Thai Union Group-owned Chicken of the Sea International has launched a “digital traceability initiative” that allows consumers to trace the source, processing location and fishing method of some of its US seafood brands.

San Diego-based Chicken of the Sea said yesterday (12 September) the move, which currently includes all of its shelf-stable tuna products, is part of the group’s “commitment to seafood sustainability” and will soon be expanded to the entire Chicken of the Sea shelf-stable product line.

Ten to 15-digit numbers displayed on the company’s cans of Chunk Light, Chunk Light Albacore and Solid White Albacore tuna –  in 3oz., 5oz., 7oz. and 12oz varieties – can be entered onto a dedicated section of Chicken of the Seas web site to find the answers to seven preset questions including: ‘Where Was My Seafood Caught?’  The answer to that question is accompanied by a world map showing the area where the tuna or other seafood was caught, “and a link to a species-specific stock status report from the International Seafood Sustainability Foundation”, the company said.

Using the number codes, consumers can also find out what fishing method was used for the product and how the product was processed.

Chicken of the Sea’s sustainability director Jennifer Woofter said: “It is important for our customers to have an opportunity to know the story behind their fish – where it came from, how it was caught, where it was canned and how the process fits within our sustainability programme.”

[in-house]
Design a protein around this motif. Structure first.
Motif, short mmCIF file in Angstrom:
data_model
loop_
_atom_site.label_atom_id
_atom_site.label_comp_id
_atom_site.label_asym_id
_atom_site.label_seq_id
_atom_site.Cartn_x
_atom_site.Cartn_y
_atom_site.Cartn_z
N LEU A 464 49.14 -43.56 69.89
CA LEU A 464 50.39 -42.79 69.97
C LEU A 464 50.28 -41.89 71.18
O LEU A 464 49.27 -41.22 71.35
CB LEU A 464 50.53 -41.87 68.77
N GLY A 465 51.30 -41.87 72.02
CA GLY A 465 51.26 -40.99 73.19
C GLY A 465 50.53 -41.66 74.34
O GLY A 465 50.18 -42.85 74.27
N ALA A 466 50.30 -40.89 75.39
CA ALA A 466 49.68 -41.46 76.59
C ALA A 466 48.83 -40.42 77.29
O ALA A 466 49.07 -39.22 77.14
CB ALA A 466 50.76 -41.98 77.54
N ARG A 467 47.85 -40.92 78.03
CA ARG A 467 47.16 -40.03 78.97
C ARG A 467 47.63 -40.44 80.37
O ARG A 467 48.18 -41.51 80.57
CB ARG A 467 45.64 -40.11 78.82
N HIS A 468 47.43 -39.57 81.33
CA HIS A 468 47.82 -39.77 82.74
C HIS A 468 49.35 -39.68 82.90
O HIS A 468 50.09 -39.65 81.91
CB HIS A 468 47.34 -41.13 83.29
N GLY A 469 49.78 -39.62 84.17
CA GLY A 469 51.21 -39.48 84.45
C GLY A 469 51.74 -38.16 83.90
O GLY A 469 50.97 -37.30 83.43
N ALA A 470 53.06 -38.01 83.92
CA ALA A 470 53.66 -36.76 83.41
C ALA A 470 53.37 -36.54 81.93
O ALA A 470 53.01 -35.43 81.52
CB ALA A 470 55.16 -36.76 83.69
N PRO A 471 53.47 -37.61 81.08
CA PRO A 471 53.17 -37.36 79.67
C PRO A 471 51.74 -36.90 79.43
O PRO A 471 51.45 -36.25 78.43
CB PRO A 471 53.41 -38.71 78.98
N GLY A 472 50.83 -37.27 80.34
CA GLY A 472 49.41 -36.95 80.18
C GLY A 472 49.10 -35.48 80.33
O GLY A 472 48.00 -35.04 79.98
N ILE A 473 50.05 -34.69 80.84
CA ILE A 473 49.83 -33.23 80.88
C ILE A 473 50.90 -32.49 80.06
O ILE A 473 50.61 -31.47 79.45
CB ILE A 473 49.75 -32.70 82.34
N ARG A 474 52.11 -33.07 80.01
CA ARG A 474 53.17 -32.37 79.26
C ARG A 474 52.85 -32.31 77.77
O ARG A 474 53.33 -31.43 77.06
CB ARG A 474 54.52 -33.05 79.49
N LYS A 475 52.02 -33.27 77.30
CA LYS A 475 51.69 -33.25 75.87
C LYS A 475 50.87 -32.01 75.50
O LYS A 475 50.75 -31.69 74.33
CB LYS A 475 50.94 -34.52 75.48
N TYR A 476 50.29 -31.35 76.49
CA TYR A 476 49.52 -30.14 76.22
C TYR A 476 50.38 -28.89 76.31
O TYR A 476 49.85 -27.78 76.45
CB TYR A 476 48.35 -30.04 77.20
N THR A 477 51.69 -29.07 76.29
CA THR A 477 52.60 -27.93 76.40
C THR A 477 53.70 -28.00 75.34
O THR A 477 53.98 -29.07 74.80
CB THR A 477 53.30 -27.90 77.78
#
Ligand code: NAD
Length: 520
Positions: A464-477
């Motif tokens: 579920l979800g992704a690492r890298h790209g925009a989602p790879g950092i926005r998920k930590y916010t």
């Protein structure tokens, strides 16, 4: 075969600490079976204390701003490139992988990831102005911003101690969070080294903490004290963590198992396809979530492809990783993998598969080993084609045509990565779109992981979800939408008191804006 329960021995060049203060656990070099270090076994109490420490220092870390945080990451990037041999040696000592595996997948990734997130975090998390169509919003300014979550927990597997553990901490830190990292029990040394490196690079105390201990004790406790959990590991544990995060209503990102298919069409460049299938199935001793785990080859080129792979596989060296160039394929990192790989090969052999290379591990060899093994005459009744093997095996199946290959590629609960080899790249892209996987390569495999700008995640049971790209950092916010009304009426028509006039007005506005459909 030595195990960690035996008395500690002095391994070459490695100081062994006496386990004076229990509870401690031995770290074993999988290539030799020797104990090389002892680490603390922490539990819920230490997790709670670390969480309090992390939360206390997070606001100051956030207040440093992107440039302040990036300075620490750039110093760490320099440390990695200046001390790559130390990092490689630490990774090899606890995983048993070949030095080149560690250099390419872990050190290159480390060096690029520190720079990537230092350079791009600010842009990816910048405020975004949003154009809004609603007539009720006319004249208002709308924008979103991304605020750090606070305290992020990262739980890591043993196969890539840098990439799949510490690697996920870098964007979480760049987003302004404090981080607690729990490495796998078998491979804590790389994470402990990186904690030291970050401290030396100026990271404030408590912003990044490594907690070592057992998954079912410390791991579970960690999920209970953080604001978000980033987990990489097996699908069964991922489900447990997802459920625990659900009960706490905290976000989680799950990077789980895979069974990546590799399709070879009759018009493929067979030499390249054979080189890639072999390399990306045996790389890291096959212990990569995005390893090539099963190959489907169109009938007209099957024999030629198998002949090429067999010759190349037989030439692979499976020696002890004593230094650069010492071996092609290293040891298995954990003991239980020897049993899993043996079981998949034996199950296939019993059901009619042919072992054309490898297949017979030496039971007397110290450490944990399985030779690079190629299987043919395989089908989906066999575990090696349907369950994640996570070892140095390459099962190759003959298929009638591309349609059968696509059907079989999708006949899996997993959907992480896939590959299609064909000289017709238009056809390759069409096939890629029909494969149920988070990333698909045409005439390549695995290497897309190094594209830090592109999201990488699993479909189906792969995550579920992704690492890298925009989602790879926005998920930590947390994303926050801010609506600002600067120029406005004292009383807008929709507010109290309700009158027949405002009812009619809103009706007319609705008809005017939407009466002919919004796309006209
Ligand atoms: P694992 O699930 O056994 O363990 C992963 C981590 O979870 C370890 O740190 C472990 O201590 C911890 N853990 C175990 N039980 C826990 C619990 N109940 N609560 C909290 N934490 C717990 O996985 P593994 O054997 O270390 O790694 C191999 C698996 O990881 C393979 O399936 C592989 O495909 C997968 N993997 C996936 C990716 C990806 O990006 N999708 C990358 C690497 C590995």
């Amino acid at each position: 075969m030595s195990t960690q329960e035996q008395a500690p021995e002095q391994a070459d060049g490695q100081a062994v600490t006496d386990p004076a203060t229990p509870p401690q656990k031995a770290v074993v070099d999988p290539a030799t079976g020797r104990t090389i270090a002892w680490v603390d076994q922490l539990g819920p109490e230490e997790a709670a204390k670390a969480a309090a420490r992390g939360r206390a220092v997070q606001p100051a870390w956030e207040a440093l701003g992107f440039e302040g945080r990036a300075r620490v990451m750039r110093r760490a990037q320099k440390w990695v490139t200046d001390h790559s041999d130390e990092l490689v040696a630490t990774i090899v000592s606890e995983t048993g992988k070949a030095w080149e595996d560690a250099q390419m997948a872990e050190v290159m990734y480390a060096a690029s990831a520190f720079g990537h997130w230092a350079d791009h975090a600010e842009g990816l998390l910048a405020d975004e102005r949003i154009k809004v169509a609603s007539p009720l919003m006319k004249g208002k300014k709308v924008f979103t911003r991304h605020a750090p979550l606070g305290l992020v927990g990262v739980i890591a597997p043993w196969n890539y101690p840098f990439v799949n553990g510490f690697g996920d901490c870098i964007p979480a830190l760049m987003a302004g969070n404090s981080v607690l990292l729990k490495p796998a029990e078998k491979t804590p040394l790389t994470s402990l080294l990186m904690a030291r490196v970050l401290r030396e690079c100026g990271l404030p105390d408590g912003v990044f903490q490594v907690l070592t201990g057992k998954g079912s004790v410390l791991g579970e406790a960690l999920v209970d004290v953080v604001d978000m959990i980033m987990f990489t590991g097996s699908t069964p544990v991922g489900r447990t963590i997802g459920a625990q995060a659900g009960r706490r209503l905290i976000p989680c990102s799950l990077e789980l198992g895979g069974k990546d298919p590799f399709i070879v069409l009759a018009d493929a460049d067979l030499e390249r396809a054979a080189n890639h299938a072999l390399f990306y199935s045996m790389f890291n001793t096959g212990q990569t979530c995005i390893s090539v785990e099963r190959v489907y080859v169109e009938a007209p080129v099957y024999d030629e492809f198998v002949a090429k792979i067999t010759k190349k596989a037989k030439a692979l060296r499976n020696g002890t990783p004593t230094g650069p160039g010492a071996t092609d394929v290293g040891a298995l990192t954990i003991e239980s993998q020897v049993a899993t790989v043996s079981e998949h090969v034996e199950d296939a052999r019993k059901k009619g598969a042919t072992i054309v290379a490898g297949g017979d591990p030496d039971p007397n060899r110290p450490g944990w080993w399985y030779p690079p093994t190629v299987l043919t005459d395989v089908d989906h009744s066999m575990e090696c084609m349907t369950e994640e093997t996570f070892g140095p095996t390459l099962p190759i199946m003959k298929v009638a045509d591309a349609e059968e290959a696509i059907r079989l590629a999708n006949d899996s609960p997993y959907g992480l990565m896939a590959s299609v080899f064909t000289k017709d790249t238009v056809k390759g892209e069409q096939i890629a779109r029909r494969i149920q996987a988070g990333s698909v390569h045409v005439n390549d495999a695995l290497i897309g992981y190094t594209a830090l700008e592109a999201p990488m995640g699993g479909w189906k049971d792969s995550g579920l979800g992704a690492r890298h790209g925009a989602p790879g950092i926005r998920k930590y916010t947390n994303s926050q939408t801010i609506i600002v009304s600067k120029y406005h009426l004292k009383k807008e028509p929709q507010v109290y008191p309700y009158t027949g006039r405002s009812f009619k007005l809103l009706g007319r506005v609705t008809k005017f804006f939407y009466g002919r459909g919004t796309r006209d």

Woofter said traceability “is an essential step in the responsible sourcing and sustainability process and we are excited to make this development available to our customers”.

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By GlobalData

The new initiative comes after Thai Union accused Greenpeace of “undermining” its efforts to boost sustainability and improve practices in the global seafood industry. The group hit out last month after a Greenpeace report – Sea of Distress – called on US retailers in particular to stop stocking products from a number of companies who the campaign group claimed are responsible for “human rights abuses” and irresponsible fishing practices.

Last July, Tesco said it would remove some of the Thai Union-owned John West tuna products from its shelves in the UK because the group had failed to meet the retailer’s sustainability standards.